Beshear signs budget reduction order to balance budget

Beshear signs budget reduction order to balance budget

Beshear signs budget reduction order to balance budget

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by WHAS11/Press Release

WHAS11.com

Posted on July 16, 2014 at 6:30 PM

Updated Wednesday, Jul 16 at 6:30 PM

 FRANKFORT, Ky. (WHAS11)—Kentucky Governor Steve Beshear signed a budget reduction order on Wednesday to help fill a $91 million General Fund deficit to keep the 2014 Fiscal Year budget balanced. 

 
The budget for the 2012-2014 budget biennium, enacted by the General Assembly includes a plan that allows the governor to manage revenue shortfalls. He has implemented 14 different budget reductions totally nearly $1.7 billion since he took office. 
 
“We were somewhat limited in our approach to fill this budget hole given it occurred at the end of the 2014 Fiscal Year,” Gov. Beshear said. “But as in previous reductions, two goals guided our decisions – to take steps to make government as efficient and as lean as possible, and to protect as best we can the core services that offer help and hope to our people and represent important long-term investments in Kentucky’s future: education, health care and public safety.”
 
The state’s budget office announced a nearly $91 million shortfall last week. The reduction order uses excess funds that are surplus to the budgets of state agencies. 
 
To deal with the short fall Beshear’s order included transferring $50 million from various agencies funds that are in excess of the budgeted amounts.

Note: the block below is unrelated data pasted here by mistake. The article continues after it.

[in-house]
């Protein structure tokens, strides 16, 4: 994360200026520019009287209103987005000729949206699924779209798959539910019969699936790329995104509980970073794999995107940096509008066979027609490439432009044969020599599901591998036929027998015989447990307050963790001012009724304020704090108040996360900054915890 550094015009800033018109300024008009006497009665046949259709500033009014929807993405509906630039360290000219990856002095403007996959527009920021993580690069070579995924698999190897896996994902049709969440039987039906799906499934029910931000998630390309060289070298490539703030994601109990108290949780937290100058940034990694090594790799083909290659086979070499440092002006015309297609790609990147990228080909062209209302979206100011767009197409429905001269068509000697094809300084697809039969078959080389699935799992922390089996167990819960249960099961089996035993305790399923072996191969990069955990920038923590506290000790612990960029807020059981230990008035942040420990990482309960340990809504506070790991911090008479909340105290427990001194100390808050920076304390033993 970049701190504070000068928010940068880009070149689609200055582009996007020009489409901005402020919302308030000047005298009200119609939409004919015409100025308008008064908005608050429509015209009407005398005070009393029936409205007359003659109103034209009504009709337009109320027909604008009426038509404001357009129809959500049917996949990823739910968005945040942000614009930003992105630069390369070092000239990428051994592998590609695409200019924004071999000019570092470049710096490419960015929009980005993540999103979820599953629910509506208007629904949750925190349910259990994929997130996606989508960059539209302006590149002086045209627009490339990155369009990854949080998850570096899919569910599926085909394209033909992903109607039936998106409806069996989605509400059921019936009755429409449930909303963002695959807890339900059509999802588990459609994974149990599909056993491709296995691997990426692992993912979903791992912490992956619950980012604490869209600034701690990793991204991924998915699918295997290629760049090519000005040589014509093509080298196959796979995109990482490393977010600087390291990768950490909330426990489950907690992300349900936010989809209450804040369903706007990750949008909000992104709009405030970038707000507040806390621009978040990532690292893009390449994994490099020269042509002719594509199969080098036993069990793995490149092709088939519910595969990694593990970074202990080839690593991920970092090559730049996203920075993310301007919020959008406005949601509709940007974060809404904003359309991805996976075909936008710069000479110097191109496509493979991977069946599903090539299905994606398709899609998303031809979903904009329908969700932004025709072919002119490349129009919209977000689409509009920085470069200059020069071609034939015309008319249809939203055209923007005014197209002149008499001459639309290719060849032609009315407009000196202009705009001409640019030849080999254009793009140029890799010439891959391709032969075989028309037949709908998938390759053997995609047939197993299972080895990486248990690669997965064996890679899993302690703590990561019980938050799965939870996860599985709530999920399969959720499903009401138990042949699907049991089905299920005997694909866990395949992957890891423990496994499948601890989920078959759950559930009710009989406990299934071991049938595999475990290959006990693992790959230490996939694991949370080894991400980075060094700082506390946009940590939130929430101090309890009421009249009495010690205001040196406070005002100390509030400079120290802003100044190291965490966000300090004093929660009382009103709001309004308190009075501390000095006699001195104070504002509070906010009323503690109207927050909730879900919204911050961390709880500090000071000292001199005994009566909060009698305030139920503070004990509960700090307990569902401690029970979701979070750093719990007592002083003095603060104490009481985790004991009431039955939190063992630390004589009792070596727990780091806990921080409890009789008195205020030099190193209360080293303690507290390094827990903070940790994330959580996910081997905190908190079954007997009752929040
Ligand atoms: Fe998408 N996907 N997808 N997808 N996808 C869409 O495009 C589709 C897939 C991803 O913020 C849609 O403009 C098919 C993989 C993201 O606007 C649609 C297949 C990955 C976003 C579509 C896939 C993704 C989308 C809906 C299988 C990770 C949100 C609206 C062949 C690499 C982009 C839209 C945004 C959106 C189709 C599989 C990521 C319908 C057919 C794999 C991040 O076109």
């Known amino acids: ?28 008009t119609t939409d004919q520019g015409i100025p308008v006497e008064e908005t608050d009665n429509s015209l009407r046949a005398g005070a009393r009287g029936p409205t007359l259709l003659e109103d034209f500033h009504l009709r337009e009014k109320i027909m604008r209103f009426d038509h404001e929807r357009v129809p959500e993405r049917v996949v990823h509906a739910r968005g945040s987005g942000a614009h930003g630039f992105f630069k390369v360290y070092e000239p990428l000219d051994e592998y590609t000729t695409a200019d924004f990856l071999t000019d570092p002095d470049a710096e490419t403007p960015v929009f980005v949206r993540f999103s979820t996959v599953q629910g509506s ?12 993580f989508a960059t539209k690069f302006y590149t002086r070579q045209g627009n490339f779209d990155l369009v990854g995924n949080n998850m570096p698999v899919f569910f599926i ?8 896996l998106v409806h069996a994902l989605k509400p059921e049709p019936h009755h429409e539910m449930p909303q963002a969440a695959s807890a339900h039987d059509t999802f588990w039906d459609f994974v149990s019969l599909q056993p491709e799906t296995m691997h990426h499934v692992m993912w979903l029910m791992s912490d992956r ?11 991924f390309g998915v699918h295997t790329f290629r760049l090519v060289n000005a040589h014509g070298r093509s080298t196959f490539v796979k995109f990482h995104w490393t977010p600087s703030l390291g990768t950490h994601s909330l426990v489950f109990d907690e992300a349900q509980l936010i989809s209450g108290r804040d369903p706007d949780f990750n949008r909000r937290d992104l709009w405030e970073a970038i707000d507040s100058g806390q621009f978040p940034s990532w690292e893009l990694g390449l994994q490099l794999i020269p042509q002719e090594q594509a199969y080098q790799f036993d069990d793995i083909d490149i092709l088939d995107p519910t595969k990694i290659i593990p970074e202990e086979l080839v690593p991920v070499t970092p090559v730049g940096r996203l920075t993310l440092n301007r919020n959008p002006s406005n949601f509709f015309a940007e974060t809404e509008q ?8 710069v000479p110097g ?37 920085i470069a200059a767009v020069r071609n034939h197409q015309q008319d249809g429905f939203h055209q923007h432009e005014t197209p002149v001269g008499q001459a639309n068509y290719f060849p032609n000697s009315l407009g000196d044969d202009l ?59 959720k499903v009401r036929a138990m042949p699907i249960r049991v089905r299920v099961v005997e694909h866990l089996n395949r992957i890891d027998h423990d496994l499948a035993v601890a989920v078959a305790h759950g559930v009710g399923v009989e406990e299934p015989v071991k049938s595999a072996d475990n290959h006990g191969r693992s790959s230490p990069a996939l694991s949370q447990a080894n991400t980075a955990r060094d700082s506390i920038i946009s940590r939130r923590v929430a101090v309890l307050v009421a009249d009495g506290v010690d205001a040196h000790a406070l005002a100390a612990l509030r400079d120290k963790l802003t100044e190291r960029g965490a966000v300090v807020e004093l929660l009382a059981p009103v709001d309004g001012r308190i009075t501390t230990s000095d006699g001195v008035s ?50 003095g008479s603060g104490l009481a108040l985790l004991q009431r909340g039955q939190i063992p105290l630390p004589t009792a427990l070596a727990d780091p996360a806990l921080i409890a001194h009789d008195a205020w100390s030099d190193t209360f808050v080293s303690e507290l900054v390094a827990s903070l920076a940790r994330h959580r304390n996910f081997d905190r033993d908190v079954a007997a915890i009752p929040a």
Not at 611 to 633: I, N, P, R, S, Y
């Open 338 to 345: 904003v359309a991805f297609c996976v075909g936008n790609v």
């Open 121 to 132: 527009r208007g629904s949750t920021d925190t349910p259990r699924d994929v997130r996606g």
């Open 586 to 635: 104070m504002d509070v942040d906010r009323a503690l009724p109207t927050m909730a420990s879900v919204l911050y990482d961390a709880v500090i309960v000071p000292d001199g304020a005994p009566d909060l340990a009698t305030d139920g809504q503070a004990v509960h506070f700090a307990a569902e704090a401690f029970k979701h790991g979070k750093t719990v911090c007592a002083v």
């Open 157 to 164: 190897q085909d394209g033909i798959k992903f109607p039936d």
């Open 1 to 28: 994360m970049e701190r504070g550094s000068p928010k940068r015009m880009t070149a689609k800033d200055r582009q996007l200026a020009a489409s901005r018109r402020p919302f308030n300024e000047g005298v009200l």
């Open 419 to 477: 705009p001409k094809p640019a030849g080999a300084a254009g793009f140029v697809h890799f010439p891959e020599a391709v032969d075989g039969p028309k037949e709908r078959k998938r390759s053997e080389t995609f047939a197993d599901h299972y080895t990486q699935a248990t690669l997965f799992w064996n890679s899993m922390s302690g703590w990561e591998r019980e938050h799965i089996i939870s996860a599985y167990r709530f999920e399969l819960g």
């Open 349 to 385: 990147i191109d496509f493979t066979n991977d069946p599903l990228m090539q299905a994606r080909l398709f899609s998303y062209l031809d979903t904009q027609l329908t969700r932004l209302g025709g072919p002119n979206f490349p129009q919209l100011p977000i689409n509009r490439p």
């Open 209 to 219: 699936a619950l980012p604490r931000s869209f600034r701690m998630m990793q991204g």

“The use of fund transfers is a valuable tool in how we manage and balance the overall budget of the Commonwealth, and one that keeps us from making deeper cuts to state agencies,” Gov. Beshear said. “The recent ruling by the Kentucky Supreme Court again affirms the constitutionality of this practice, thus ensuring much needed flexibility for the executive and legislative branches.”
 
Another $15 million will come from unspent General Fund monies. General Fund appropriations in the executive brands will be reduced by $3 million, $1.5 million will be reduced for the judicial branch and $287,600 will come from the legislative branch. 
 
Beshear will also use $21.2 million from the Budget Reserve Trust Fund, known as the rainy day fund. The rainy day fund will have $77.1 million remaining after this withdrawl. 
 
The governor also signed a budget reduction order road fund to fill a $22.2 million shortfall. This order relies primarily on the year-end, unexpected Road Fund appropriations. 
 
“No budgeted road projects will be negatively impacted by this necessary balancing action,” Gov. Beshear said.
 

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